The Delusions of Von Sottendorff and his Square Mind Review

The Delusions of Von Sottendorff and his Square Mind Review Screenshot 1

Nintendo’s handheld consoles have always been home to great puzzle games, such as the Professor Layton and Mario vs Donkey Kong series, so a new entry into the genre can easily be missed by the casual fan, such is the case of The Delusions of Von Sottendorff and his Square Mind, an intriguing puzzler from the minds of the people at Delirium Studios S.L. In this game, you play as the titular Von Sottendorff, a Baron who is attempting to obtain some of the childhood possessions from his parent’s house.

By pressing the L shoulder button, Von Sottendorff has the ability to move the position of rooms within each level, like a slider puzzle. By doing so, you have the ability to choose which room to go into as each offers a different challenge, so long as the doors align to allow you to switch from room-to-room. The whole purpose to this is to obtain the key within each level, which unlocks a door allowing you to progress within the game. However, as the sliding puzzle can only be controlled by using the circle pad, and not the D-Pad or stylus, it can be quite unresponsive when moving room positions or cause a completely different room to move to the one that you want.

The Delusions of Von Sottendorff and his Square Mind Review Screenshot 2

Each level also features 5 collectible memories, shown in the form of photographs, as well as puzzle pieces. The former allows you to buy videos, music and artwork from the game so that you can view them at any time, although nothing really stands out and as such makes the extra bit of effort in the levels rather worthless, however collecting the latter unlocks childhood memories of Von Sottendorff which provide a back-story and are usually obtained along the course of the level, and as such it is well worth picking those up.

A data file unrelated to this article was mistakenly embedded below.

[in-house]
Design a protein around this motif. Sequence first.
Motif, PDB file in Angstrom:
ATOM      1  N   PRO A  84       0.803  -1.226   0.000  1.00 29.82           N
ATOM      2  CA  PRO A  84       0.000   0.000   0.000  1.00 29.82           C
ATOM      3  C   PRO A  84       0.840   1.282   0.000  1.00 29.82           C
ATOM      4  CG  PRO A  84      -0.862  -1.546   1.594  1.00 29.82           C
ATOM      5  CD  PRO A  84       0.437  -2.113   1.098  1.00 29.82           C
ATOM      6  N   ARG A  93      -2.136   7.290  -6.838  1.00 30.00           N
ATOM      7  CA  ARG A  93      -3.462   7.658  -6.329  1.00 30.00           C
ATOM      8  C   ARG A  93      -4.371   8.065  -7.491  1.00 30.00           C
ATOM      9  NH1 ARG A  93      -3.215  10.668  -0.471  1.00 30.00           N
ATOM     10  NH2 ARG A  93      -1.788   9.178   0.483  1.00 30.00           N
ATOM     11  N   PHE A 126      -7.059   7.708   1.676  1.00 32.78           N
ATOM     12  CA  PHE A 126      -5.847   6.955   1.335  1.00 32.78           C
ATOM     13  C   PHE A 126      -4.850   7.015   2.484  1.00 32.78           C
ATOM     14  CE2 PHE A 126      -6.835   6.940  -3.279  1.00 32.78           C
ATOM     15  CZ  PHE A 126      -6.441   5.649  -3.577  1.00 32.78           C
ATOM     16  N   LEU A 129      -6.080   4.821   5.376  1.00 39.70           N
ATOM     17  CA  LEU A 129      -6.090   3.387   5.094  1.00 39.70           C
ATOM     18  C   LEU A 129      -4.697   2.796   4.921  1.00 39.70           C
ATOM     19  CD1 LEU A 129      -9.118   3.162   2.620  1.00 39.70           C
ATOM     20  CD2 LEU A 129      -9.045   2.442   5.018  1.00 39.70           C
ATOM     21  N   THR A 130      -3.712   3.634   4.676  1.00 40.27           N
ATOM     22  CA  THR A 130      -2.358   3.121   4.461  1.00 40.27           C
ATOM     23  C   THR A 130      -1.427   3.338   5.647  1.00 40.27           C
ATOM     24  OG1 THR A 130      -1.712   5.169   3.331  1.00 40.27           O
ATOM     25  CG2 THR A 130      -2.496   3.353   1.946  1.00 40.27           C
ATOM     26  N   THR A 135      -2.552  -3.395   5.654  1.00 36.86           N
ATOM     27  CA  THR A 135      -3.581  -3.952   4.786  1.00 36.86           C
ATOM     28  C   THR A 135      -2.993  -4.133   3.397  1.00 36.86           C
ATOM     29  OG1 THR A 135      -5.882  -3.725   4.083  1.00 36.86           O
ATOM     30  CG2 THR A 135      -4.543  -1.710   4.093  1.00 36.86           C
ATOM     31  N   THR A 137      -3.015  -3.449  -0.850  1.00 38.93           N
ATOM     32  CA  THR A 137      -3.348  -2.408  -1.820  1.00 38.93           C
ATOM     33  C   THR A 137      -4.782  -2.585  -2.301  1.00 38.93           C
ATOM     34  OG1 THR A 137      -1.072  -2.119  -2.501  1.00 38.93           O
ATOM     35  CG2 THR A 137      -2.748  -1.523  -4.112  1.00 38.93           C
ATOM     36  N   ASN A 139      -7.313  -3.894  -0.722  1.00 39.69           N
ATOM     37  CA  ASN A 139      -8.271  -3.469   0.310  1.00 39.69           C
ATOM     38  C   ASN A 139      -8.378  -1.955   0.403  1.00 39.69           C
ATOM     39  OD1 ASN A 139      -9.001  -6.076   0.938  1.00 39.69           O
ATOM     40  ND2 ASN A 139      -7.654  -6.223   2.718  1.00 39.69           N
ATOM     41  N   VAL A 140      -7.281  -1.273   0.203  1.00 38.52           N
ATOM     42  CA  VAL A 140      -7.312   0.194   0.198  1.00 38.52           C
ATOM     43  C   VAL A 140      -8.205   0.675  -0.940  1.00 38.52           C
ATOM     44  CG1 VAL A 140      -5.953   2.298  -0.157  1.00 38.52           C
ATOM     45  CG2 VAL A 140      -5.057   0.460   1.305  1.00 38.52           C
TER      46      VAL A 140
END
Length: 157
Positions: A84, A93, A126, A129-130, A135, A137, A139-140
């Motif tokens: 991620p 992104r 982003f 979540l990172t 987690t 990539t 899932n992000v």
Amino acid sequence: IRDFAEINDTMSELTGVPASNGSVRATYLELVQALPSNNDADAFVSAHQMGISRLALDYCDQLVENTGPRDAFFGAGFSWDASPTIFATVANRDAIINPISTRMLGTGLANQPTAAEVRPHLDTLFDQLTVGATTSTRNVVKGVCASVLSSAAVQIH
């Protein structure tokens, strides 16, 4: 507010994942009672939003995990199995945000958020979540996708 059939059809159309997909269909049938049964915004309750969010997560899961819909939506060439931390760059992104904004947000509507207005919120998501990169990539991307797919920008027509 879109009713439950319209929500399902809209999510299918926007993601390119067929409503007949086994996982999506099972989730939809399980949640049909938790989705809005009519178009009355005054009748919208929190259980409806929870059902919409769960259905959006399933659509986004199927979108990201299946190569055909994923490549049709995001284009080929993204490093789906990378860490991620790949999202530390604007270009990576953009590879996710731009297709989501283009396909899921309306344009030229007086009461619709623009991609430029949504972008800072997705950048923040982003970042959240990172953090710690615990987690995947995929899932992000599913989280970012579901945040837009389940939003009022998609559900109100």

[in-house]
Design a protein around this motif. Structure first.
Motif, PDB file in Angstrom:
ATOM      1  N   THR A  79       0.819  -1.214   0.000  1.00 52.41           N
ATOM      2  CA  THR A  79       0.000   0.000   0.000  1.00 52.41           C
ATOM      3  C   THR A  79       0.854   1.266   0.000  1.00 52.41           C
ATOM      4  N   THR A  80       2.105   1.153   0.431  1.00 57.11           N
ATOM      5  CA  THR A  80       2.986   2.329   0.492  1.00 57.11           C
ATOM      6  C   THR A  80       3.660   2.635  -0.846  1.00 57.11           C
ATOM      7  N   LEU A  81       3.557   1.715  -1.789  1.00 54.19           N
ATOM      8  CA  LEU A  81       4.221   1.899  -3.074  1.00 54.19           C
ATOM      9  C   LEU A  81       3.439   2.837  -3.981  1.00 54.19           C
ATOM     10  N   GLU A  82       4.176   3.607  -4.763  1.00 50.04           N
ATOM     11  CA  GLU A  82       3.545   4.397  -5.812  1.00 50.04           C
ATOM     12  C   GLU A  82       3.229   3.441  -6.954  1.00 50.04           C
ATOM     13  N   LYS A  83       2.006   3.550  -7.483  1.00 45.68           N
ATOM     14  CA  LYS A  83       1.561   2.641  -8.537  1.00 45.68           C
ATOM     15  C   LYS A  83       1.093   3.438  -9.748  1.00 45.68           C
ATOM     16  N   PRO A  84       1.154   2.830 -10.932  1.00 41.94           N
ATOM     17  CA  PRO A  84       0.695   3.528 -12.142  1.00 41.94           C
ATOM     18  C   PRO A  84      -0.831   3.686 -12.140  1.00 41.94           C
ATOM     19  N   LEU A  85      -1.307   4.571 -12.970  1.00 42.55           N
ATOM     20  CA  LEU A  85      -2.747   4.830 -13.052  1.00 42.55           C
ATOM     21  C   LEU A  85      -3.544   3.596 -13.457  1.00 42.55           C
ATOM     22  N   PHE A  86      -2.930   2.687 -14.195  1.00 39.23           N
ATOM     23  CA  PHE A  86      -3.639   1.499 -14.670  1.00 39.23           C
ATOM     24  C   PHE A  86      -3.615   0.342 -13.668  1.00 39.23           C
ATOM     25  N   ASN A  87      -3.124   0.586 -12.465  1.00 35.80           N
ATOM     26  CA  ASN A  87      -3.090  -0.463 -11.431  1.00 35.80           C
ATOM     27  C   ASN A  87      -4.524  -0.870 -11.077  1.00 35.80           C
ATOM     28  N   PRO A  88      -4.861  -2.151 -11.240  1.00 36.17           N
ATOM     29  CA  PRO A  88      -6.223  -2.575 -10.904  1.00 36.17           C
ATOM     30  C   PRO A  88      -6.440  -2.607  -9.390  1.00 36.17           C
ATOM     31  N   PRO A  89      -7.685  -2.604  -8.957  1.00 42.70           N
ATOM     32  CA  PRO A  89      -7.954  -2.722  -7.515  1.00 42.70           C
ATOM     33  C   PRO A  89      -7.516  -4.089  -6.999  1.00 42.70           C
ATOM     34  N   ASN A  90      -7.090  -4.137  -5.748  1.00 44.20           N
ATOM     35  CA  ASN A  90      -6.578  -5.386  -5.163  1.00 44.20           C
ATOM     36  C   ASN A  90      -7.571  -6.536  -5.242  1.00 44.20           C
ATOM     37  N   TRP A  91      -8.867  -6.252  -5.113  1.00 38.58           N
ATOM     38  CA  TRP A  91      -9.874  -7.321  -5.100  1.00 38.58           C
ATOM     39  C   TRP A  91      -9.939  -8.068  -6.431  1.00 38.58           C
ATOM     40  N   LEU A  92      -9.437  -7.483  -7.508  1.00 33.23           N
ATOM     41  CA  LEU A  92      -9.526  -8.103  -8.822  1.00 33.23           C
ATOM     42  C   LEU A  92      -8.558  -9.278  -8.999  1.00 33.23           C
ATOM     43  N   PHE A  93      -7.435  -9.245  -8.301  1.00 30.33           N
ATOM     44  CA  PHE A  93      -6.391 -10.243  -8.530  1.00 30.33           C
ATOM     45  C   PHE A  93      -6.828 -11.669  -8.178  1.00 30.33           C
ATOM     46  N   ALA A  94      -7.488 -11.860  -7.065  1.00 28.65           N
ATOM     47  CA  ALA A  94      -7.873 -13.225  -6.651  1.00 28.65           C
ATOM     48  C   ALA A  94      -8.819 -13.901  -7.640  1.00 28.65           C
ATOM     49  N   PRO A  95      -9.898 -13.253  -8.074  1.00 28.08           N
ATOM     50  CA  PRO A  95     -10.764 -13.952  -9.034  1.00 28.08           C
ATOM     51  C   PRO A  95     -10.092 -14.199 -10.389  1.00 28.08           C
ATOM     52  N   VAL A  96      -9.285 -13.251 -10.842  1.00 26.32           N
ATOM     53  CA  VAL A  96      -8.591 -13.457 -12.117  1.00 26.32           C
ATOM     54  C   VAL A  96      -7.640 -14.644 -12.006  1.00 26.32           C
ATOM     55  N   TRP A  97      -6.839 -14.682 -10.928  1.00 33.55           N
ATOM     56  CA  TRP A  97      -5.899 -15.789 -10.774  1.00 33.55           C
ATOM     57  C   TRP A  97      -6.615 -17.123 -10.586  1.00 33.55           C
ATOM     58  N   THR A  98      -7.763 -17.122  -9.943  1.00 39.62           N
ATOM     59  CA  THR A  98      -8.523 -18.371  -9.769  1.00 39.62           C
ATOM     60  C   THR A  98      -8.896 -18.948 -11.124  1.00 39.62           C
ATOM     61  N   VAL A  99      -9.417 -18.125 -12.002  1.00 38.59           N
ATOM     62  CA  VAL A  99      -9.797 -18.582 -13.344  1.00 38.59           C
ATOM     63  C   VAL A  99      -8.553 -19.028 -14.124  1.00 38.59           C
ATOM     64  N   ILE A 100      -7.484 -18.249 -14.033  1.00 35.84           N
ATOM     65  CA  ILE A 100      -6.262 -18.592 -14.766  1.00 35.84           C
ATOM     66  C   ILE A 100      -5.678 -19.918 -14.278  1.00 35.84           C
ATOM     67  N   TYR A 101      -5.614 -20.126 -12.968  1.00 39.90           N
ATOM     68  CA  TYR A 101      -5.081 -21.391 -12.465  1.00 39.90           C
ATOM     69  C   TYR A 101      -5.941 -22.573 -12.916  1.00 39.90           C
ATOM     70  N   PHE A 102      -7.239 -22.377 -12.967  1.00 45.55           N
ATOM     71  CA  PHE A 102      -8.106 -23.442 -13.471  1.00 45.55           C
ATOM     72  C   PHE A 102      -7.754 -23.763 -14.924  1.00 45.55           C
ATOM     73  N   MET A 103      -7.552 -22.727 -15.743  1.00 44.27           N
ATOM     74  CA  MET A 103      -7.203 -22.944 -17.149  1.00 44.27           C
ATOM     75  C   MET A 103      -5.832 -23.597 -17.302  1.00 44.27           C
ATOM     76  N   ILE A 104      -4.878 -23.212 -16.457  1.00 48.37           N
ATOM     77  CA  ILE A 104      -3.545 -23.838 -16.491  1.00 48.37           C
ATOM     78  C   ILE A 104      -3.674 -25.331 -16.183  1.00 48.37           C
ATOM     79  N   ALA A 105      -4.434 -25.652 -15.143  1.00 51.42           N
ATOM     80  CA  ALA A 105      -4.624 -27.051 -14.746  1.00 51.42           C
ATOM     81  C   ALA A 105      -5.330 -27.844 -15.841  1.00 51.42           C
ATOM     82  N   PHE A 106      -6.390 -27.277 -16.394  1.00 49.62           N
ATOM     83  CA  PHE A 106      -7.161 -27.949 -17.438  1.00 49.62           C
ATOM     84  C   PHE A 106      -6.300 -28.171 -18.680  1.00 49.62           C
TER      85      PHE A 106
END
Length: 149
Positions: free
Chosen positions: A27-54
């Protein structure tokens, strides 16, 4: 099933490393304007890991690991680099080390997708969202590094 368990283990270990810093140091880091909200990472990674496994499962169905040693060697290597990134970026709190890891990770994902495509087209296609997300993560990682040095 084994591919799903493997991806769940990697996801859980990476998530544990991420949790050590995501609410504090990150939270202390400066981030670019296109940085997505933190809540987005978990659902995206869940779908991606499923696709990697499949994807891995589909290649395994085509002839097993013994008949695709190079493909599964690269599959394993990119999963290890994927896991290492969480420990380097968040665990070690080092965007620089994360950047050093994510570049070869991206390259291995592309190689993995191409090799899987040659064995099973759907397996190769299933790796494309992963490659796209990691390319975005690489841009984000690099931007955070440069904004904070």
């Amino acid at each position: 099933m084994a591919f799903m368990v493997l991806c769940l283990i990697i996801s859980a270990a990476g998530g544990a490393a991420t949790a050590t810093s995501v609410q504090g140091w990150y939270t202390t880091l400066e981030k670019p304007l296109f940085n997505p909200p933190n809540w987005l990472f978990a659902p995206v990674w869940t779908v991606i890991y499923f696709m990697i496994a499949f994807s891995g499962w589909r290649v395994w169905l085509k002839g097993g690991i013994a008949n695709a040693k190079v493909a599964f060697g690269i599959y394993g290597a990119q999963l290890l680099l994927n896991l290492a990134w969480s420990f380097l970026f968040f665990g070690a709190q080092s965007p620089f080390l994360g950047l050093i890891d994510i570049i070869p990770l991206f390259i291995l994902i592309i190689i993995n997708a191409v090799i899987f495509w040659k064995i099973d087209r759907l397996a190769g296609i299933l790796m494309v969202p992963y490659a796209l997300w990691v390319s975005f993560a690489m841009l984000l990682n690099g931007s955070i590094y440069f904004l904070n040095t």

There isn’t much really to keep bringing you back to Von Sottendorff, with the only thing to do so that I can think of being going back over levels to pick up any collectibles that you missed on the first playthrough so that you can fully experience the game. Instead it relies on the strength of the level designs to keep you playing, which are admittedly very well designed.

As good as the puzzle side of the game is, it fails to keep any substantial pacing throughout it. Each time it reaches a good momentum you are unfortunately interrupted by a needlessly long cutscene explaining something that could easily be explained in a one screen hint as you load up whatever level it is first relevant to. This breaking of the pace unfortunately can cause you to lose immersion in the experience, however if you can work past that there are some seriously mind bending puzzles ready for you to solve.

The Delusions of Von Sottendorff and his Square Mind Review Screenshot 3

One of the points that the game tries to sell itself on is its ‘holophonic sound experience’, which is basically just the audio fading in and out of each speaker at points of the game, and is best experienced with headphones. Whilst this is certainly an interesting concept, and there are times at which it is really well produced, the majority of the time it feels like an unnecessary addition that has no bearing on the game, which is a huge shame.

Don’t get me wrong, The Delusions of Von Sottendorff and his Square Mind is a solid puzzle game at its heart and one which I do recommend that people look into picking up if you’re looking for a new puzzle experience. It’ll have you working your mind multiple times throughout the course of the game as you attempt to progress the levels, however for me it is just a little slow to thoroughly grab me.

REVIEW CODE: A complimentary Nintendo 3DS code was provided to Brash Games for this review. Please send all review code enquiries to

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